What should the courts do if someone mistakenly performs yibbum with someone they were not supposed to marry?
The mishnah on Yevamot 26a teaches that in the case of four brothers, two of whom married sisters and then died childless, the remaining two brothers perform haliztah and may not enter levirate marriage with the widows. Since each surviving brother is now theoretically obligated to marry both widows, and the widows are sisters, and a man is biblically prohibited from marrying two sisters, neither man can perform yibbum.
But what if the two brothers don’t know the rabbis’ legal reasoning (or they don’t care) and each marries a widowed sister? The mishnah explains:
And if they married before consulting the court, they should divorce.
Rabbi Eliezer says: Beit Shammai say he may remain married to her, while Beit Hillel say they divorce.
Today’s daf interrogates this dispute between our old friends, Beit Hillel and Beit Shammai. Do brothers, married to sisters who are both yevamot (widows of their other two brothers), need to divorce those women? Our daf cites a tradition also found in the Tosefta, a collection of rabbinic teachings that closely parallels the Mishnah. In fact, it starts out the exact same way, but then adds a third rabbinic opinion:
Rabbi Eliezer says: Beit Shammai say they may remain married to them, and Beit Hillel say they should divorce them.
Rabbi Shimon says: They may remain married.
According to this tradition, Rabbi Shimon seems to agree with Beit Shammai. But then, the Gemara introduces a twist! Abba Shaul offers a different version of the tradition:
Beit Shammai say they should divorce them, and Beit Hillel say they may remain married to them.
The alternate version reverses the positions of Hillel and Shammai. This inconsistency between rabbinic traditions doesn’t just offer us a theoretical question about who said what. Since the halakhah almost always follows Beit Hillel, knowing exactly which position is his is vitally important.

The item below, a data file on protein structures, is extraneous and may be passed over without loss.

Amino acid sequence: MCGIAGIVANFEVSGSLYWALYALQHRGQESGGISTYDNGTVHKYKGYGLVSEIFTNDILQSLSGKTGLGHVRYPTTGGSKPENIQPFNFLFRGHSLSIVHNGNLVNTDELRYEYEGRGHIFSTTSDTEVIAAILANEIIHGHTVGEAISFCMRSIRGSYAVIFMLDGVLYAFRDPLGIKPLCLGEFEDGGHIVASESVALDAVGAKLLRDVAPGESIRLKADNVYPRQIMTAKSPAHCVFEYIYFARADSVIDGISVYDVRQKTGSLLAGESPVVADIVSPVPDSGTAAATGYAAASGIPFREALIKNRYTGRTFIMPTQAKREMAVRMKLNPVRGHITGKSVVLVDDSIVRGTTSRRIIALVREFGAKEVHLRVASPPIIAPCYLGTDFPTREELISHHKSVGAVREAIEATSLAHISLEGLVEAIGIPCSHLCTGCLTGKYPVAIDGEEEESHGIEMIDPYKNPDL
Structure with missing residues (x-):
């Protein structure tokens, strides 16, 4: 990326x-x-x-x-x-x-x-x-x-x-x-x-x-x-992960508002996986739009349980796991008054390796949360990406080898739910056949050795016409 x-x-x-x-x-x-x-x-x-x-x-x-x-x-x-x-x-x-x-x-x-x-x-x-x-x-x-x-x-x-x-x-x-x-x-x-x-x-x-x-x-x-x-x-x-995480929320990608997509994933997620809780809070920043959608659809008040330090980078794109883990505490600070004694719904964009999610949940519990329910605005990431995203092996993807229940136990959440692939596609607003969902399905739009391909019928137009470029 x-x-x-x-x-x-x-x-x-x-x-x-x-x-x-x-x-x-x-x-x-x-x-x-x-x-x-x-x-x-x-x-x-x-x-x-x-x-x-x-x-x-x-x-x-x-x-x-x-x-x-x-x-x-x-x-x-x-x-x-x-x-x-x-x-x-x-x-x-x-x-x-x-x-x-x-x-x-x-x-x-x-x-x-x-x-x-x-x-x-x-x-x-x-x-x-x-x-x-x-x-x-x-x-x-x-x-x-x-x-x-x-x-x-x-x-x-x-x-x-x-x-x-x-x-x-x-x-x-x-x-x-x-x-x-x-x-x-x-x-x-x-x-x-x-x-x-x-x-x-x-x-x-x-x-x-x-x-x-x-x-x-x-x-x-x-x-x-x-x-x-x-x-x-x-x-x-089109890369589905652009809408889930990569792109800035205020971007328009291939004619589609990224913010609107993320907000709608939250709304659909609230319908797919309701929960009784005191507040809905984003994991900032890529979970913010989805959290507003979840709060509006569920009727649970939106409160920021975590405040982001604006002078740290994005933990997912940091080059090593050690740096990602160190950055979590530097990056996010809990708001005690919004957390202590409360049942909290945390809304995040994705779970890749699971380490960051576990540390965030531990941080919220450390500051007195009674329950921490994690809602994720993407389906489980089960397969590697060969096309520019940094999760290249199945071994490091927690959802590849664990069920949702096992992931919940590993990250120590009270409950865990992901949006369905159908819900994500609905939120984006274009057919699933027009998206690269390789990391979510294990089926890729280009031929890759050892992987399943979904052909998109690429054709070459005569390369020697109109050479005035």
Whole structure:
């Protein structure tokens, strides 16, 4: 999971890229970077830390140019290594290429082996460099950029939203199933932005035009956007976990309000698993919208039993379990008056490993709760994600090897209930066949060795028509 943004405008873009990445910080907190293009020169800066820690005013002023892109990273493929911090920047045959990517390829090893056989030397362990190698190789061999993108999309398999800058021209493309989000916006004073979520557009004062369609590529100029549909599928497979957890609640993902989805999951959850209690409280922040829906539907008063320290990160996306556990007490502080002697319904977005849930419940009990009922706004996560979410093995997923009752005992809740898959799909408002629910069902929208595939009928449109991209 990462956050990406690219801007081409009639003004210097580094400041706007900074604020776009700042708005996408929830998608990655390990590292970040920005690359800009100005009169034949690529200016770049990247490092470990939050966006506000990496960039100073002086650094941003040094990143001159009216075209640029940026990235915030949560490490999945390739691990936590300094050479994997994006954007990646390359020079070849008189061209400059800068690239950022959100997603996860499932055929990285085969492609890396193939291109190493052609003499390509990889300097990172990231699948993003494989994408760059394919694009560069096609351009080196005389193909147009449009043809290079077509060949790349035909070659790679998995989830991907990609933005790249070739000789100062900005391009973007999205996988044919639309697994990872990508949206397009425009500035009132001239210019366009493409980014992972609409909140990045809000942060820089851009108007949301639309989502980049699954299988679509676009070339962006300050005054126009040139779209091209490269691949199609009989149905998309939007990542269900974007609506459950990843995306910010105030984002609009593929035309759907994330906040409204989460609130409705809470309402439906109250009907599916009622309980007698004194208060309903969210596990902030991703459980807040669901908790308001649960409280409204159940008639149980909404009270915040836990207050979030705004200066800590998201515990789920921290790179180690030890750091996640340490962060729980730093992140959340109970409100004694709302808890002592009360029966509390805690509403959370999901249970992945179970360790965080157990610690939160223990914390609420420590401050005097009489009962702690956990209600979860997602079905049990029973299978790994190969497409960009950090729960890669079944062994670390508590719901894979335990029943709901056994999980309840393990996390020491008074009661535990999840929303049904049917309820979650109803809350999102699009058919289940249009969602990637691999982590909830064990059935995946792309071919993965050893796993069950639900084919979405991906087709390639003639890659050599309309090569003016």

In the scenario under discussion, both men have already married their (prohibited) yevamot. By the time the court discovers what has happened, the couples might be emotionally committed and even pregnant! Are they required to divorce anyway? It depends on what Beit Hillel actually said.
The second version of the tradition creates another challenge too: If we have two versions of the dispute between Beit Hillel and Beit Shammai, then who exactly did Rabbi Shimon intend to agree with? Beit Hillel? Beit Shammai? And if both positions had already been articulated, then what did he add to the discussion?
The Gemara now adds a second twist! The Gemara explains that Rabbi Shimon was actually not siding with either party but saying something completely different, that Beit Shammai and Beit Hillel did not disagree!The Gemara thinks that Rabbi Shimonactually rejected the dispute entirely, and claimed that the unnamed tanna in the mishnah, and implicitly Beit Shammai, and Beit Hillel too, required that the men must divorce their new wives. This would make him the sole dissenter on that point.
The Gemara has now offered three different versions of the debate over what the brothers should do. So then what is the halakhah?
Unfortunately, the law here doesn’t get any clearer. In his 16th century Jewish legal code the Shulchan Aruch, Rabbi Joseph Caro states, “If they went and did yibbum each with one of the sisters, we make them leave them. Some say we don’t make them leave.”